Recently I’ve seen a handful of questions in a variety of locations from businesses and individuals looking to take their expertise, and launch an online course.

I know this can be an intimidating process, and it absolutely is a robust undertaking – but I recorded this video with the goal of adding some structure to a process that might otherwise feel ambiguous.

How to launch an online course

Before you watch the video – I need to call out that this is not intended to be a comprehensive all-encompassing resource.

My goal with this video, and the following blog post, is to help you contextualize what it actually takes to launch a course (spoiler: it’s not easy).

That said, this video should help point you in the right direction, and raise some questions that will be important to think through. Enjoy.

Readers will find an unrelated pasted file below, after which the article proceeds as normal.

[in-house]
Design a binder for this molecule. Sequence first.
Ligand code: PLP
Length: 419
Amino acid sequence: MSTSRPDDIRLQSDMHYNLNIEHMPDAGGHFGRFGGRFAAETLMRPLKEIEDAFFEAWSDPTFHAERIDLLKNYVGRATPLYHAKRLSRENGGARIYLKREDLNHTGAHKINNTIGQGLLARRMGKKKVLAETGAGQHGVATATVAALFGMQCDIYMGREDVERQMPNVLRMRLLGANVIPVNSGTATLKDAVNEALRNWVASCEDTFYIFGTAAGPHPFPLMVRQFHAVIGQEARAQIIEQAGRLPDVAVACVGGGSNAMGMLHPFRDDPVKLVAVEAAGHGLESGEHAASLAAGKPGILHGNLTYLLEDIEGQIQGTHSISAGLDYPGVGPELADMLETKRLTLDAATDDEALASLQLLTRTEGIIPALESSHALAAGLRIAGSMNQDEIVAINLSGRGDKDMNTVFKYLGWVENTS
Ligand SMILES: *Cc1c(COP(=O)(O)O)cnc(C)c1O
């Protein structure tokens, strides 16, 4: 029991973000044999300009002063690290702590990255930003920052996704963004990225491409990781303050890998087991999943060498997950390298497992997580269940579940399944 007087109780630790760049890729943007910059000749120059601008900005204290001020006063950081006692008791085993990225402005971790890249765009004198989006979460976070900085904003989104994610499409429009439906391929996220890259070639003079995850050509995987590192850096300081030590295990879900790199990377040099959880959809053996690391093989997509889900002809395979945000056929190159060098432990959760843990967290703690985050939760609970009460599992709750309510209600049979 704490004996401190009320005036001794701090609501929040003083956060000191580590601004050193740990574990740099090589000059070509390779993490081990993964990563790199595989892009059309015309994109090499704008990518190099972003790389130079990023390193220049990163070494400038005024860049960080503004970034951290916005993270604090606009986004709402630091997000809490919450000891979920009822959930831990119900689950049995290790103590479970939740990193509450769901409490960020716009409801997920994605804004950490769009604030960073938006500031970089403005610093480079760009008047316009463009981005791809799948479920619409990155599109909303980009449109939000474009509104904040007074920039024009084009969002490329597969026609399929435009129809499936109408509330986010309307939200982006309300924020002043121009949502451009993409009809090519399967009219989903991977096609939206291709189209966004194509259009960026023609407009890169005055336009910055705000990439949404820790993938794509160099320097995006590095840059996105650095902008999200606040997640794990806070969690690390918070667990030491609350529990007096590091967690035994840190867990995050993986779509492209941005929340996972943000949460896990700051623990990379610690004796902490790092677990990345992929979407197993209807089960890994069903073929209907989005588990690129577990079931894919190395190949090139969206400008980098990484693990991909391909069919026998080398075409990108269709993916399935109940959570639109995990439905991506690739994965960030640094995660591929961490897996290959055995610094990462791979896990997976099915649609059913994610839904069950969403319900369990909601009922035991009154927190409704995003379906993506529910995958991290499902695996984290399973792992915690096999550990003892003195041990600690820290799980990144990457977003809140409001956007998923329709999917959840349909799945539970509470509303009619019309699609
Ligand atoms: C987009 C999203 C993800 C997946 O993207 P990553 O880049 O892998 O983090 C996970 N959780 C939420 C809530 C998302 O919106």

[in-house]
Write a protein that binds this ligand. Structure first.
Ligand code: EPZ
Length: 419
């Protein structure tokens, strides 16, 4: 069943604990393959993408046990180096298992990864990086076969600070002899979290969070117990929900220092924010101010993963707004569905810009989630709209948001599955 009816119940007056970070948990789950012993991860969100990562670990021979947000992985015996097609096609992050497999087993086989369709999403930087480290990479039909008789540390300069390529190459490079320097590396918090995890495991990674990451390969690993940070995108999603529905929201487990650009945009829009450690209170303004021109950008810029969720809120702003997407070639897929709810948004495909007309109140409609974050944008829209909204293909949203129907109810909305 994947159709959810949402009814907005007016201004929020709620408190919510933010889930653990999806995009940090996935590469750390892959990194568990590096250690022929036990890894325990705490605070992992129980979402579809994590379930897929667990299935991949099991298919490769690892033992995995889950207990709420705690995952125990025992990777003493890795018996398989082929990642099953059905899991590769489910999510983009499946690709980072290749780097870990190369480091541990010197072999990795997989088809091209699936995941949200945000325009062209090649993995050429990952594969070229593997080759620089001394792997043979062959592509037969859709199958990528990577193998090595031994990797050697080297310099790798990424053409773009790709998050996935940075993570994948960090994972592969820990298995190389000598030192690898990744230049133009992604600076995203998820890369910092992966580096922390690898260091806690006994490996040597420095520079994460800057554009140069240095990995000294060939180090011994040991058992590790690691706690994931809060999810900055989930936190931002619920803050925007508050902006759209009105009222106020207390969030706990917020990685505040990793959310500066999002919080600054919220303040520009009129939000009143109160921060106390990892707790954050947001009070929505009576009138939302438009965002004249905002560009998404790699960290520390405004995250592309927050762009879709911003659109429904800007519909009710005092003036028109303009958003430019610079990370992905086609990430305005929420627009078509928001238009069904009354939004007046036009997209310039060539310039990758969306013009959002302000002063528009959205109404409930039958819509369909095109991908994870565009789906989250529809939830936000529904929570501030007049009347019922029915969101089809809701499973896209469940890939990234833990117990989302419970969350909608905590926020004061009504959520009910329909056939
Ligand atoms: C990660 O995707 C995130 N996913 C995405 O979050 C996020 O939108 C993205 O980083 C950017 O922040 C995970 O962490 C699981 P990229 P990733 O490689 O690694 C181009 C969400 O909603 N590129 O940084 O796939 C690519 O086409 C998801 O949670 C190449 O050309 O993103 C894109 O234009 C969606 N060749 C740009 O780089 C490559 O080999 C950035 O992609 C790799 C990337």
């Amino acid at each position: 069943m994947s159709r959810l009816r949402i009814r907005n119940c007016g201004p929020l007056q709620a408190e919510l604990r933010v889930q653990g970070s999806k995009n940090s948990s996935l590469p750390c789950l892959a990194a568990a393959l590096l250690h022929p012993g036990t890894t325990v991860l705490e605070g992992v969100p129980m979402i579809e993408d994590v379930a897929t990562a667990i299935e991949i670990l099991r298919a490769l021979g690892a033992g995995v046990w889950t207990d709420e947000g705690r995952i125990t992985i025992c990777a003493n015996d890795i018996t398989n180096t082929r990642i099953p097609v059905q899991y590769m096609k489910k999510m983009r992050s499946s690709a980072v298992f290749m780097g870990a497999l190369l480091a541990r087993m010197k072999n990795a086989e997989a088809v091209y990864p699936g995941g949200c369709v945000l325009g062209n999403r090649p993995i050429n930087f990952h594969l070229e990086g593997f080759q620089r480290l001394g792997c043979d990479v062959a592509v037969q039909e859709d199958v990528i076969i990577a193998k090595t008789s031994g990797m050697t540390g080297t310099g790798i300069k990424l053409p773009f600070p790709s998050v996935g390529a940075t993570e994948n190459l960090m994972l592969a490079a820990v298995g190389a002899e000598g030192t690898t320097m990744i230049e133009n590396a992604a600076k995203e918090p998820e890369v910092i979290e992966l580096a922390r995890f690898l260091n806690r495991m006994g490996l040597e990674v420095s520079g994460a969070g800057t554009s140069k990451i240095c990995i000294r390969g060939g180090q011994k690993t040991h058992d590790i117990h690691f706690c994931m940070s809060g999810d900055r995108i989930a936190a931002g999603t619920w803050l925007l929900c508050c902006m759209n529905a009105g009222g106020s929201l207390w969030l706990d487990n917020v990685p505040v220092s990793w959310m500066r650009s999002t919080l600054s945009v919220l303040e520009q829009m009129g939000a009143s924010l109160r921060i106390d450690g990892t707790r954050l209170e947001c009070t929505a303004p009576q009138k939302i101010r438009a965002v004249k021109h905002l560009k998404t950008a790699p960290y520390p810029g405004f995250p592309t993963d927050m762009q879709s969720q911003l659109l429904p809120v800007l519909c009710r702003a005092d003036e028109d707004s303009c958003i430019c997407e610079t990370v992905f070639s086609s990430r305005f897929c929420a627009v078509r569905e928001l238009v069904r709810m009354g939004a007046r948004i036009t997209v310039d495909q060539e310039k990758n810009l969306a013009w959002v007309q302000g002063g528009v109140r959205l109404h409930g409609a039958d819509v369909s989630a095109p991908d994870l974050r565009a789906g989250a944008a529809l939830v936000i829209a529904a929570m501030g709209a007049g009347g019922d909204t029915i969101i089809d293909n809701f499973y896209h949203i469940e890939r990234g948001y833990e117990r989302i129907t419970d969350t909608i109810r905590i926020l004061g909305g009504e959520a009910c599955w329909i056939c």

Step 1: What problem are you solving?

You may already have a topic in mind for your course, but I would challenge you to think of it in terms of what this topic is valuable to people.

Does it solve a problem for them? Is that problem one people care about? Does it teach a skill? How will people use that skill?

Step 2: Define your avatar

Before you build the course content, it’s important to get crystal clear on the avatar – or avatars you expect this course to serve.

You might find that the content is resonating with folks who aren’t your avatar, and that’s fine, but getting clear on who the course is intended to serve will allow you to speak directly to them in the course content (and in any promotional messaging).

Step 3: Design the course outline

Once you know what you are teaching, the next step is to decide how you will teach it. Put another way – you’re designing the path that will take them from point A, to point B.

So, think about where you want someone to be when they complete the course – and then identify the milestones they would need to hit in order to get to that destination. Then, fill in the gaps with the different things they need to know in order to reach each milestone.